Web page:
Hot Docs Review: 'Alias'

(Canada, 67 min.)
Dir. Michelle Latimer
Programme: Canadian Spectrum (World Premiere)
Alias is one of the most urgent documentaries for Toronto audiences at Hot Docs this year. This stark, gritty, and street-smart doc by Michelle Latimer is a timely film in the wake of the city’s escalating media coverage of shootings and violent crimes. Alias explores the story omitted from the sensational headlines and takes the camera to the city margins. Using the story of five local rappers—Alkatraz, Alias Donmillion, Trench, Master Knia (Know It All), and Keon Love—Alias looks behind the stereotypes of Toronto’s rap scene.

The film beings by signalling directly the stereotypes the media often associates with rap. Alias opens with a music video that Latimer intuitively follows with an associative montage of violence, police arrests, surveillance footage, and more. “Rap music” is synonymous with “thug life,” as Alias flags our perception of rap to be, but the ensuing hour of the film breaks down our assumptions and lets figures in the rap scene tell their own stories in their own voices.

“Black people have been the first at being the last for a very long time…so we’re trying to just to get even. Nobody wants to grow old and broke,” says Alkatraz in a scene that comes late in the film. Similarly, one of Alkatraz's fellow rappers, Knia, explains to the camera that he is pursuing a law degree to create new options and opportunities, not only for himself but also for his daughter. The importance of a law degree, Knia notes, became clear when many of his peers experienced convoluted legal battles and slip-ups as a result of not knowing the law.

The law doesn’t look to be on the side of Toronto’s black community, as one early scene in Alias shows. A concert of several Toronto rappers requires a booking of excess cops to guard and monitor the nightclub. The officers pat down the concertgoers with a thoroughness that someone likens to an airport security check. The subject’s comment is made in reference to the meticulousness of the search—he is even asked to remove his shoes—but the quip could just as easily refer to the kind of racial profiling that frequents airport security checks post-9/11. The police presence at the concert shows an immediate assumption of violence in the rap scene. (Security for Justin Bieber probably isn’t nearly as intense in spite of the difference in venue capacity.) The show goes on regardless and the vibe in the crowd is that of a community gathering, not of a gang war. The pointlessness of the police presence is highlighted by the end of the sequence, as the performers actually make less money at their show than the cops did, thus making means and opportunity harder to come by for a rapper.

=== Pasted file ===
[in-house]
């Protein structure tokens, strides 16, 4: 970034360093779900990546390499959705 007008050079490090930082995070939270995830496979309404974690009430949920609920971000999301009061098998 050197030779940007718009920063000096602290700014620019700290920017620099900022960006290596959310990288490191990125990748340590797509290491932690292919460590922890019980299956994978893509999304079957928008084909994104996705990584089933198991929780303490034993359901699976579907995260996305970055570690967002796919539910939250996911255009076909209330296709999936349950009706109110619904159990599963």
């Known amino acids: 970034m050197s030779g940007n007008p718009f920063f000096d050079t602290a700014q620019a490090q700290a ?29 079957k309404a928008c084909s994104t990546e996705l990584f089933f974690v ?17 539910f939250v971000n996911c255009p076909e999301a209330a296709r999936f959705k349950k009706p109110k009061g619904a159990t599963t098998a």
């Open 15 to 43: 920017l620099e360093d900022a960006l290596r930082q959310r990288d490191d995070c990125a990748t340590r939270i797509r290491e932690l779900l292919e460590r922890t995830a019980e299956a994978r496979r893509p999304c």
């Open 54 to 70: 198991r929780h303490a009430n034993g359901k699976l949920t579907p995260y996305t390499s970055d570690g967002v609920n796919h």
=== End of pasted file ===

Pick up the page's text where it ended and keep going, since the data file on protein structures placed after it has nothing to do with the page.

The artists describe their music as a getaway, or a means of survival in neighbourhoods that have become known as “territories”. The stories provided by the rappers notes effects that violence has wrought on their communities. Showing the faces of fallen peers and describing funereal eulogies, Alias reveals the lateral effects of violence and reminds its audience that the effect of a shooting is felt in a ripple wider than that of the immediate victim. Alias, however, notes rap music as the alternative for channelling frustration and anger. The music, highlighted in observational sequences and on the soundtrack, complements the testimony from the rappers.

Alias marks an impressive feature debut for Michelle Latimer, whose short film Choke was my pick for the best Canadian short of 2011. As she did in Choke, Latimer provides as insightful, important look at a relevant issue in Canadian communities. Alias shows a much different approach to storytelling from Choke, though, as the brilliant animation of Latimer’s short was a haunting evocation of a complex story. The sparse, uncontrived observational style of Latimer’s approach allows Alias to provide a voice for and from Toronto’s black community without any of the manipulation these stories receive in the media. Alias, raw and realistic, looks beyond the stereotypes and tells the truth. 

Rating: ★★★½ (out of ★★★★★) 

Screens with:
My Black Box (Ma boîte noir)
(Canada, 12 min.)
Dir. Nicolas-Alexandre Tremblay
My Black Box directed by Nicolas-Alexandre Tremblay, is an appropriate opening act for Alias. My Black Box brings a telling celebrity story to Hot Docs by following Montréal rapper Dramatik as he shares with a group of students the art of making a good beat. Dramatik explains that rap helped him find a voice to overcome a stutter that resulted from childhood trauma, and his lesson with the students of an inner city school imparts an artistic outlet for articulating fear and anger as artistic expression. Like Alias, My Black Box is an empowering tale of shared experiences.

Rating: ★★★ (out of ★★★★★) 

Alias and My Black Box screen:
Friday, April 26 – 7:00 pm at the Royal
Sunday, April 28 – 1:00 pm at the Scotiabank
Saturday, May 4 – 8:45 pm at the Scotiabank

Please visit www.hotdocs.ca for more info on films, tickets, and show times.